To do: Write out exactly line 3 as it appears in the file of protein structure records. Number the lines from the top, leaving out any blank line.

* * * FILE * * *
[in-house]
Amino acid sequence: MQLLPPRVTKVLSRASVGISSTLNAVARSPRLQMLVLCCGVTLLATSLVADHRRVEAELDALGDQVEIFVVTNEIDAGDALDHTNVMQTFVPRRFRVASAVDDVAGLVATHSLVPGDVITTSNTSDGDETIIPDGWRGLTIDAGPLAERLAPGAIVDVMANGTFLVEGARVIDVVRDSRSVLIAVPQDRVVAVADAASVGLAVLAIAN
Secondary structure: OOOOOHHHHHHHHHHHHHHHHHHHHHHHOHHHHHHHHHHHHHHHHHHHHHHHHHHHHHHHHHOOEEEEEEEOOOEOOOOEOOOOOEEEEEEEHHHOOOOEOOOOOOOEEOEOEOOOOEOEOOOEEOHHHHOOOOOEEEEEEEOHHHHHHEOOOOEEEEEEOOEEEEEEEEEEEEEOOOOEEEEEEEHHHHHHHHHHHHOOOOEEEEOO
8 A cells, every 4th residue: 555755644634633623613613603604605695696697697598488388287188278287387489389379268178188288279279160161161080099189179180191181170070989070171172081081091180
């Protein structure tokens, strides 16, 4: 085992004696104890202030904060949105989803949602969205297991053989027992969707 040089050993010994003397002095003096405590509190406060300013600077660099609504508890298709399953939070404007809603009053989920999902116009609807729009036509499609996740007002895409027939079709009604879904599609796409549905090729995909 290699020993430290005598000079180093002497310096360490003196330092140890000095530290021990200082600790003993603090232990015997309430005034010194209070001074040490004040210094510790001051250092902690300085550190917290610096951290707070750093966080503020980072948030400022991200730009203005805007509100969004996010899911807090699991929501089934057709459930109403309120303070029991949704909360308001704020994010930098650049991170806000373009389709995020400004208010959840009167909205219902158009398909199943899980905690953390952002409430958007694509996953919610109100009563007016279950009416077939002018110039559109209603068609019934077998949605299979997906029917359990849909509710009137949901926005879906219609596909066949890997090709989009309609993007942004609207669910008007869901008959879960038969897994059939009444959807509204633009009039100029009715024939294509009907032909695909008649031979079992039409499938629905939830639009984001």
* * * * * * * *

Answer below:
Secondary structure: OOOOOHHHHHHHHHHHHHHHHHHHHHHHOHHHHHHHHHHHHHHHHHHHHHHHHHHHHHHHHHOOEEEEEEEOOOEOOOOEOOOOOEEEEEEEHHHOOOOEOOOOOOOEEOEOEOOOOEOEOOOEEOHHHHOOOOOEEEEEEEOHHHHHHEOOOOEEEEEEOOEEEEEEEEEEEEEOOOOEEEEEEEHHHHHHHHHHHHOOOOEEEEOO